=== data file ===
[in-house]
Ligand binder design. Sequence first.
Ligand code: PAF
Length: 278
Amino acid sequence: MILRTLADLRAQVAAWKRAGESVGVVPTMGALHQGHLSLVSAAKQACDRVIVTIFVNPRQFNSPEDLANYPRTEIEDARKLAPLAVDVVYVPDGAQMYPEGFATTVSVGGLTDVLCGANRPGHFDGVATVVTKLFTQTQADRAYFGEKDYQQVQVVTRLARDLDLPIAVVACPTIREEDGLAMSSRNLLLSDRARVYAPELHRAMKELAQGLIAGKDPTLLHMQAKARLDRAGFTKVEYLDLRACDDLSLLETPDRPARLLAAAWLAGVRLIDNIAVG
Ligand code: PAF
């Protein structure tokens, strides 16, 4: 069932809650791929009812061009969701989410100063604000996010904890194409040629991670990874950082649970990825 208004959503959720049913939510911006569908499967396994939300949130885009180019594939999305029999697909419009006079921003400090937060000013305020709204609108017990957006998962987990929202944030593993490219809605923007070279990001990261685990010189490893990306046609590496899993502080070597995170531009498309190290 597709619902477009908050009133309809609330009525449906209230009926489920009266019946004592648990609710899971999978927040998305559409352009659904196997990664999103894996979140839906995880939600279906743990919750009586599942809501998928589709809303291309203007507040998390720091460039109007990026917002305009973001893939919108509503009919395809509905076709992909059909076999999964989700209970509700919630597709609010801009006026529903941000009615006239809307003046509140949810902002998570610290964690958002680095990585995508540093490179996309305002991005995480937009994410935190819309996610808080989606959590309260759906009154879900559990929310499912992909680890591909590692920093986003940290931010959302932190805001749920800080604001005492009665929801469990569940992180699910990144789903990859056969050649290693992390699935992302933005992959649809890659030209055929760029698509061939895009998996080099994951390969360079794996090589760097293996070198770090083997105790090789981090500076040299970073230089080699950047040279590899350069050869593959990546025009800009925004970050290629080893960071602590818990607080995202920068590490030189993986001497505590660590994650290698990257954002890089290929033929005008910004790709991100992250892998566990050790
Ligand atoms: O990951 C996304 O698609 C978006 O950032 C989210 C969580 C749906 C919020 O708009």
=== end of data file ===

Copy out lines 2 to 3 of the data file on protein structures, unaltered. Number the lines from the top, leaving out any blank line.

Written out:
Ligand binder design. Sequence first.
Ligand code: PAF